Thursday, November 7, 2013

Learning From a Project “Post Mortem”

For this week’s assignment we were to recall and post a project, either personal or professional, that did not work out successfully. I chose to discuss a personal project: my paternal family reunion. Every year we have a family reunion in the summer. At the first meeting everything appears to go well. The venue is picked out, the date is set, and the menu is made. But the closer it got to the reunion date, things seem to unravel. Most of the people waited until the last minute to pay their dues, some people didn’t like the colors of the t-shirts, some people didn’t agree with the food, and some of the relatives just were negative during the whole process.

I feel that the project could have been organized better from the beginning. It seemed that everyone was trying to tell everyone else how to handle their assigned responsibilities. I think that if the members of the reunion planning committee had used the RASCI model, the process would have went a lot smoother.
Benefits of using RASCI (Kosmala, 2009):
·         Determines ownership of a particular project or task

·         Promotes teamwork by clarifying roles and responsibilities

·         Improves communication by getting the right groups involved

·         Increases efficiency by eliminating duplication of effort

·         Reduces misunderstanding between and across employees and key stakeholder groups

·         Improves decision-making by ensuring the correct people are involved

·         Provides the foundation for future alignment around a given project or initiative
Hopefully next year’s reunion will be more organized.

Komala,M. (2009). The canoe group: Project management: 6 steps to creating a successful rasci chart. Retrieved from



  1. Hi Katie and what a fun blog, I couldn't help myself but I giggled a little over the issues you have at your family reunions.

    I know a little bit about family reunions and the havoc it is to organize such a venues. There is one on my maternal side every other year and on my paternal side every three years. The way we do it is there is one committee for each of the reunions, and in both cases it is up to one of the siblings and his/her children to organize the event. The committee does make a project plan that makes specific people accountable to organizing a specific part of the event. Luckily we don't have to organize any food as everyone brings something for the common bar-b-q and their ideas of sides etc. But there is plenty of planning apart from the food.

    There is no formal "project manager" appointed but within each family there is always someone that is responsible for the reunion and the planning process. That individual must find all the requirements that must be met and manage the project team (which usually are 2-3 more people) in order for the project to become a successful family reunion yet another time (Portny, Mantel, Meredith, Shafer, Sutton, & Kramer, 2008).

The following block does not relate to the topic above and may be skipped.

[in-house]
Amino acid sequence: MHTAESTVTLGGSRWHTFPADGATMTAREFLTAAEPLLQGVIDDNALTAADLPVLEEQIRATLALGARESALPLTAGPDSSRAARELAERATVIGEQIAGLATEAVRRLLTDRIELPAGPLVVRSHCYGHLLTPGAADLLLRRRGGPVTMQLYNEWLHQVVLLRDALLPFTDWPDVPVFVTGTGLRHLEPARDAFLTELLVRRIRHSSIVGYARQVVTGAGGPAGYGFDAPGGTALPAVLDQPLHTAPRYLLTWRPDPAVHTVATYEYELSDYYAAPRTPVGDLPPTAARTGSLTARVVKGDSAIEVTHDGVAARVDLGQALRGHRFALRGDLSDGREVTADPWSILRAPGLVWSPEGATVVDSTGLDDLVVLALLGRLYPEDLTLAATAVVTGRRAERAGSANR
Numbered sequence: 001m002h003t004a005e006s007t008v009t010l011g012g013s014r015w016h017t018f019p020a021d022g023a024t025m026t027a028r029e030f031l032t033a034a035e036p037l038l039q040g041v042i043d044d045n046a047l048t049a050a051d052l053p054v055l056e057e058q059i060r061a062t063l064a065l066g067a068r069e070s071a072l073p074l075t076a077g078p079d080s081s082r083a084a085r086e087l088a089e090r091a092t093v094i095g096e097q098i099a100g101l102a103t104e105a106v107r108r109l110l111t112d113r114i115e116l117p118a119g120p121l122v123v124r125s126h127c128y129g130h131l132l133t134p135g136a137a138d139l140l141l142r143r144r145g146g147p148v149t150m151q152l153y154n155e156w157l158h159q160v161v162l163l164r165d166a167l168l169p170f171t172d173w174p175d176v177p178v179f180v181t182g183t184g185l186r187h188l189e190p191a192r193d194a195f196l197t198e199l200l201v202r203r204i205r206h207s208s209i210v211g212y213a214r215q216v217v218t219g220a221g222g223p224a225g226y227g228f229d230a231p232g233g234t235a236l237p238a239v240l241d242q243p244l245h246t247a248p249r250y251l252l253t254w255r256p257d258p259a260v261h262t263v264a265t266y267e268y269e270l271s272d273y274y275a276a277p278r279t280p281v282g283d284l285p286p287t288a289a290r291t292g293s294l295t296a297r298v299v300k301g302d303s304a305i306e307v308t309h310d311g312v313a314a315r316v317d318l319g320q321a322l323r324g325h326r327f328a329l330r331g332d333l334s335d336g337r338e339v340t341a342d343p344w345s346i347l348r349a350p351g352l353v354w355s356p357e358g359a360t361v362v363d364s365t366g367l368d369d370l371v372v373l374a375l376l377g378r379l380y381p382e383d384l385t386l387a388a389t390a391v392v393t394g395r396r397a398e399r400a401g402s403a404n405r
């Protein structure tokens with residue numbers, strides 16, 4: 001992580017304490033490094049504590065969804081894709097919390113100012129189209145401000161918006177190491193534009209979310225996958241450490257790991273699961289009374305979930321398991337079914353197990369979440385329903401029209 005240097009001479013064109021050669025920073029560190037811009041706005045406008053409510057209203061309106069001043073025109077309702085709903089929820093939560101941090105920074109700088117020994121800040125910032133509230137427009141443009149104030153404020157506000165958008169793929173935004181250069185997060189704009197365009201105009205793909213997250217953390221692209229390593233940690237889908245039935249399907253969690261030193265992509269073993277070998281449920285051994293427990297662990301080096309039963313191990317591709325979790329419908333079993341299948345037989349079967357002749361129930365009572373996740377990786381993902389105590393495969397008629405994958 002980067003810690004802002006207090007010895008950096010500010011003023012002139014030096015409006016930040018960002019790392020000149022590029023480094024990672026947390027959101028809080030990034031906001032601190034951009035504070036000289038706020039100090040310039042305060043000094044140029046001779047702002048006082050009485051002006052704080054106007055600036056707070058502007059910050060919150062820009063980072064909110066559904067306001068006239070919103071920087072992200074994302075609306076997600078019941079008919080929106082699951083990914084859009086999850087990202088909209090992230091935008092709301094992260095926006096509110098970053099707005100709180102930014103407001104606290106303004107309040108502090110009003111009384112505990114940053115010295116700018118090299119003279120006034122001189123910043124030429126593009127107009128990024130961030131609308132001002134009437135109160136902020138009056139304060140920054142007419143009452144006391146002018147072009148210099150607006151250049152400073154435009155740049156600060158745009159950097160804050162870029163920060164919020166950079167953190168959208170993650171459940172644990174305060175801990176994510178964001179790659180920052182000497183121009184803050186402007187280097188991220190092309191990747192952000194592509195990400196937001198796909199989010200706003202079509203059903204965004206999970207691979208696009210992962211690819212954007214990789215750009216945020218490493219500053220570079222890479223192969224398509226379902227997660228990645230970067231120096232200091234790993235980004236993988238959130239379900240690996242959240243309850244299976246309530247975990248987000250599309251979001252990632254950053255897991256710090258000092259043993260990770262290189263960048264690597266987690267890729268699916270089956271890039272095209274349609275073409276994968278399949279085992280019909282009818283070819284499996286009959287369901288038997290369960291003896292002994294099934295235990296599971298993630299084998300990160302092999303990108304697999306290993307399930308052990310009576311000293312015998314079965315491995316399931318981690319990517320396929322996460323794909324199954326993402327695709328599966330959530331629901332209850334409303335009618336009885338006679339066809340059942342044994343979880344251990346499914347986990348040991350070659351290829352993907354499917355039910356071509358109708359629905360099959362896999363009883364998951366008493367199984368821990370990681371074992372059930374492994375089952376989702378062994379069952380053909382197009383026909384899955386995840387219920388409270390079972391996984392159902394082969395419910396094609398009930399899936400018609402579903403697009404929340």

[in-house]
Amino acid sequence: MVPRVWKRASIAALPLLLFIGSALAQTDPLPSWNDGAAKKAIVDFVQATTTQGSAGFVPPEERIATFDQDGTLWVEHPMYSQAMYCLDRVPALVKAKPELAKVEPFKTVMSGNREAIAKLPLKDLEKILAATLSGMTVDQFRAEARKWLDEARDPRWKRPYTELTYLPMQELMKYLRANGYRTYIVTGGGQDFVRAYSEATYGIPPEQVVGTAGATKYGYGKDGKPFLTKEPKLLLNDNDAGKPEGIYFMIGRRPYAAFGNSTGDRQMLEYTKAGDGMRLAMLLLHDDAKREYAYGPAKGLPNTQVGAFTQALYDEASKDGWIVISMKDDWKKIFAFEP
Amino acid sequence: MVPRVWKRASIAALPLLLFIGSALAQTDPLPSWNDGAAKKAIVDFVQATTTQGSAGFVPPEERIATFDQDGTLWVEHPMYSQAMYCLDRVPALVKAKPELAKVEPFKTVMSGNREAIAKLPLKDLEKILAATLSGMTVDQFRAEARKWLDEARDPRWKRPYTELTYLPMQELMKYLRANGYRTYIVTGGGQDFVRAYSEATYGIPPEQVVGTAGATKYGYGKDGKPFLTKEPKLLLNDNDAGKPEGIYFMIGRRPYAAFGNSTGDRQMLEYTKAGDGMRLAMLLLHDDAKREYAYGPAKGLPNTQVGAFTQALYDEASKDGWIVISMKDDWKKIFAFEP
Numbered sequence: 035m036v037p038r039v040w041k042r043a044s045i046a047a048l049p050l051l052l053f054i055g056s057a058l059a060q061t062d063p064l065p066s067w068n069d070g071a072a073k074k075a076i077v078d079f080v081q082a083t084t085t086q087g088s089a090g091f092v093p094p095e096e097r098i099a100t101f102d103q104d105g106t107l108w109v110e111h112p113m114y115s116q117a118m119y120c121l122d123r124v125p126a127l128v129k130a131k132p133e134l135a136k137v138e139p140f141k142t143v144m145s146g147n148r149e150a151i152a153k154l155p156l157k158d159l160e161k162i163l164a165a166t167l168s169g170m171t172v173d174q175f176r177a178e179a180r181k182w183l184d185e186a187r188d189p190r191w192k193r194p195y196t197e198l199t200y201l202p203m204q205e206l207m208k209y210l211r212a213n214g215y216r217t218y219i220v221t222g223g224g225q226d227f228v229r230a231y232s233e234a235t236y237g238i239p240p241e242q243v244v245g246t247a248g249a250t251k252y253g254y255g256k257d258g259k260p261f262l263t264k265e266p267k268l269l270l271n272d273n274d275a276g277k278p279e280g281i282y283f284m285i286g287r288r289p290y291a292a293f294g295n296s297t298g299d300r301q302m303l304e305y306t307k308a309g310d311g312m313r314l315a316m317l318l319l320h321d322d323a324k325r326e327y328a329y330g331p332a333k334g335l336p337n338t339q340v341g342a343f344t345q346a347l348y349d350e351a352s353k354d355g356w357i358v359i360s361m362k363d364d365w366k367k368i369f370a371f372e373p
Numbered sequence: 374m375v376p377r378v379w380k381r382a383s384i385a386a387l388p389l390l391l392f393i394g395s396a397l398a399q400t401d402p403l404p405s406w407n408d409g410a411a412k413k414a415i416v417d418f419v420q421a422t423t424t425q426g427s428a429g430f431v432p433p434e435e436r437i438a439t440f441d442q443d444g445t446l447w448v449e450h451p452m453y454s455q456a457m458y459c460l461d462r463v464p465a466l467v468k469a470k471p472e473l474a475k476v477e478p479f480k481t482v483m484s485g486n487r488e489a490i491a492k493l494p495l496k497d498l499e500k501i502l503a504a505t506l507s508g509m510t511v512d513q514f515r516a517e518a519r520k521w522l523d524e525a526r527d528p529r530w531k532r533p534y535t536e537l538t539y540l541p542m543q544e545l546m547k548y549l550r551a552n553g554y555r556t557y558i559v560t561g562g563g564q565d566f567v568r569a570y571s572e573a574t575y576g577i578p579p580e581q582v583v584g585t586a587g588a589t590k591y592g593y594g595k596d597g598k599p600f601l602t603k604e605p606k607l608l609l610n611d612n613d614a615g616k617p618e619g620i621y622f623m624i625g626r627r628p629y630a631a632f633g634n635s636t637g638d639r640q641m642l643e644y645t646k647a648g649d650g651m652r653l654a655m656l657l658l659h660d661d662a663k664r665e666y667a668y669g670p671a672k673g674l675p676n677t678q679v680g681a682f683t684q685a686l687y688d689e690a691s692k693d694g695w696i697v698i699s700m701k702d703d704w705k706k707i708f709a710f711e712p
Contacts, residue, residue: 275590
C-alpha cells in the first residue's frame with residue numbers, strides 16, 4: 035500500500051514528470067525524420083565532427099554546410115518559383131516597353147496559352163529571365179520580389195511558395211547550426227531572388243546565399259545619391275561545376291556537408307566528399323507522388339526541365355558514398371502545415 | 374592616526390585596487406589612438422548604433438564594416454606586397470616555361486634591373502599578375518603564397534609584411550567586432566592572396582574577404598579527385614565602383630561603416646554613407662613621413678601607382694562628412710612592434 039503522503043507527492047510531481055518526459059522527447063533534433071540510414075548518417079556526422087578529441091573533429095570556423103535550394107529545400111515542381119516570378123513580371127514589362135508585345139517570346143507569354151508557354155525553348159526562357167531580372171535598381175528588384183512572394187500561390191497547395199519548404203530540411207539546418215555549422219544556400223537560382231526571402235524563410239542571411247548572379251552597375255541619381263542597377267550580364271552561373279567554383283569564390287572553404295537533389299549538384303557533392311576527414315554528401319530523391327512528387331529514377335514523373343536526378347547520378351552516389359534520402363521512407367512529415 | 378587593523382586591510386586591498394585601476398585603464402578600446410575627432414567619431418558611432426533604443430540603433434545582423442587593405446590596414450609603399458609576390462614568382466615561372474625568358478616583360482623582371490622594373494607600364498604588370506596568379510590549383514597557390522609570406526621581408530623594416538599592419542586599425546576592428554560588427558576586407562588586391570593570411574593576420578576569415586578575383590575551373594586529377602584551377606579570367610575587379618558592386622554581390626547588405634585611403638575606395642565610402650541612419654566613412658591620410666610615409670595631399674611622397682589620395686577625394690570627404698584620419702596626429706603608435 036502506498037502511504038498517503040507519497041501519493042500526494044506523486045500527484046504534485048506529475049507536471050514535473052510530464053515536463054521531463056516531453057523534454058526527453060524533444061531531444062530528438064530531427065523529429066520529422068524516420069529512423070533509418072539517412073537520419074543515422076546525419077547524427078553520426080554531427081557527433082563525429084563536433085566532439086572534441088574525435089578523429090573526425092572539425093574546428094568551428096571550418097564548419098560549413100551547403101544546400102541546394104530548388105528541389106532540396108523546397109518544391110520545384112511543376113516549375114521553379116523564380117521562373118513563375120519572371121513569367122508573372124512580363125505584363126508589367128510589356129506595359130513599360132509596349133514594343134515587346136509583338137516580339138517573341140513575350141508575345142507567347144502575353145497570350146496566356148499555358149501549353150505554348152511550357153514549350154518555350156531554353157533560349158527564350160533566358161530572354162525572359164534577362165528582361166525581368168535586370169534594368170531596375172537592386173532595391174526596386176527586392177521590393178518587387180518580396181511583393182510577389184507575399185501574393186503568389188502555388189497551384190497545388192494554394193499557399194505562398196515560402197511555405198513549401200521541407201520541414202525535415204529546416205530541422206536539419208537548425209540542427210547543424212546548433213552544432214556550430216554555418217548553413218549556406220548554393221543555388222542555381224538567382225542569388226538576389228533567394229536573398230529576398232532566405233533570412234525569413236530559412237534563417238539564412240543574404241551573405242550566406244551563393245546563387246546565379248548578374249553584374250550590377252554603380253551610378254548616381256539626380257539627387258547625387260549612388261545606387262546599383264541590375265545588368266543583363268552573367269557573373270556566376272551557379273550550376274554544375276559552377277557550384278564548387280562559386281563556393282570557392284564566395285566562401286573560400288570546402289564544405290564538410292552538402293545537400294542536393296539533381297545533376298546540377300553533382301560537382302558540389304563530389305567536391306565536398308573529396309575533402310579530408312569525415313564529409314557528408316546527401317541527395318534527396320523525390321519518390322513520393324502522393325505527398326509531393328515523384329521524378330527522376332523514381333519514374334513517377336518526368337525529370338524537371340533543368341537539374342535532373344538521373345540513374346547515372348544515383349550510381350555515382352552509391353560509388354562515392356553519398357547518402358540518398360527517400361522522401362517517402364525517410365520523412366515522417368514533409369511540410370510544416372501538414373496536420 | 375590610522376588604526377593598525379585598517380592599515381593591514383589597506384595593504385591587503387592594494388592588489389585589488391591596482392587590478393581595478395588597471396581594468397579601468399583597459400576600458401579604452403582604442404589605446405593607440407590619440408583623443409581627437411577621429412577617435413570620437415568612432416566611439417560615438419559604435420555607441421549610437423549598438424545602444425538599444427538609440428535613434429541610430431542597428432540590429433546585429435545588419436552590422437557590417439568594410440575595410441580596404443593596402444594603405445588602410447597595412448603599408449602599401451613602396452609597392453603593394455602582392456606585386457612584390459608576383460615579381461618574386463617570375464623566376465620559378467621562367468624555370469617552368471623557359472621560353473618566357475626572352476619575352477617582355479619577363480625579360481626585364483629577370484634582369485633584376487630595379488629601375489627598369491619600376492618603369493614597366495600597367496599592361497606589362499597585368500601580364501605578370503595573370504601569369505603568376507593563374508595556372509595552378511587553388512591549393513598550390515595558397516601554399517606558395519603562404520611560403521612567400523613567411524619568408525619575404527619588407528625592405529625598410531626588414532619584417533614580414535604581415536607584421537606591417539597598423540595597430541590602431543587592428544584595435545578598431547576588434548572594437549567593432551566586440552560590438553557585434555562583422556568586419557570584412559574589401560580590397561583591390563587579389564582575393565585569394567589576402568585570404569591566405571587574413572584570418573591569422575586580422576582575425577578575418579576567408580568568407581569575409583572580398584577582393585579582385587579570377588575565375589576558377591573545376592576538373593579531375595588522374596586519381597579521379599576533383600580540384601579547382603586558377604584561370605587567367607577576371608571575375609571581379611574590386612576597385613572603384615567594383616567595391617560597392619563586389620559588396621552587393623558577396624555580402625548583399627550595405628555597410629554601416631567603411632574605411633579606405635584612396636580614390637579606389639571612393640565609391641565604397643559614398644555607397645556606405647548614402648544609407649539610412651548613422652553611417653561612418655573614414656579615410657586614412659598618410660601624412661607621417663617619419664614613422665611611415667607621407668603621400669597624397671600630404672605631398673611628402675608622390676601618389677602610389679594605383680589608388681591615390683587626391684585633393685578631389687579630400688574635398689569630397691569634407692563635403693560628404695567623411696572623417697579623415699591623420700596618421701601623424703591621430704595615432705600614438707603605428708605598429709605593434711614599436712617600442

Hopefully your next family reunion will be more successful than this years. One suggestion - make a survey through i.e. and ask participants what color of T-shirts they would most like to see, give option of handful of colors. That way if someone starts to moan about the color you can always say; "this is what the majority wanted".

    Good luck


    Portny, S., Mantel, S., Meredith, J., Shafer, S., Sutton, M., & Kramer, B. (2008). Project Management. Hoboken, NJ: John Wiley & Sons.

  2. Hello Katie, great topic to analyze. As I ponder the situation I am beginning to realize that difficulty of appointing a planning lead but maybe next year the family could choose a designated project manager (PM) who can create and deploy a responsibilities chart; in addition, the reunion PM would be able to tackle the scope creep as various family members suggest their wishes (Portny et al., 2008). This is definitely difficult to do within a family situation but the PM may be designed based upon free time or influence within the entire family. Another tactic would be to identify the “key influencers” within your family and recruit them to assist with the various projects phases to ensure there is minimal scope creep (Kim, 2003). I wish you the best of luck with the next reunion and I really like Rosa’s survey suggestion; by identifying majority you will be able to sway the resistors.


    Kim, W. C., & Mauborgne, R. (2003). Tipping point leadership. Harvard Business Review, 81(4), 60–69.

    Portny, S. E., Mantel, S. J., Meredith, J. R., Shafer, S. M., Sutton, M. M., & Kramer, B. E. (2008). Project management: Planning, scheduling, and controlling projects. Hoboken, NJ: John Wiley & Sons, Inc.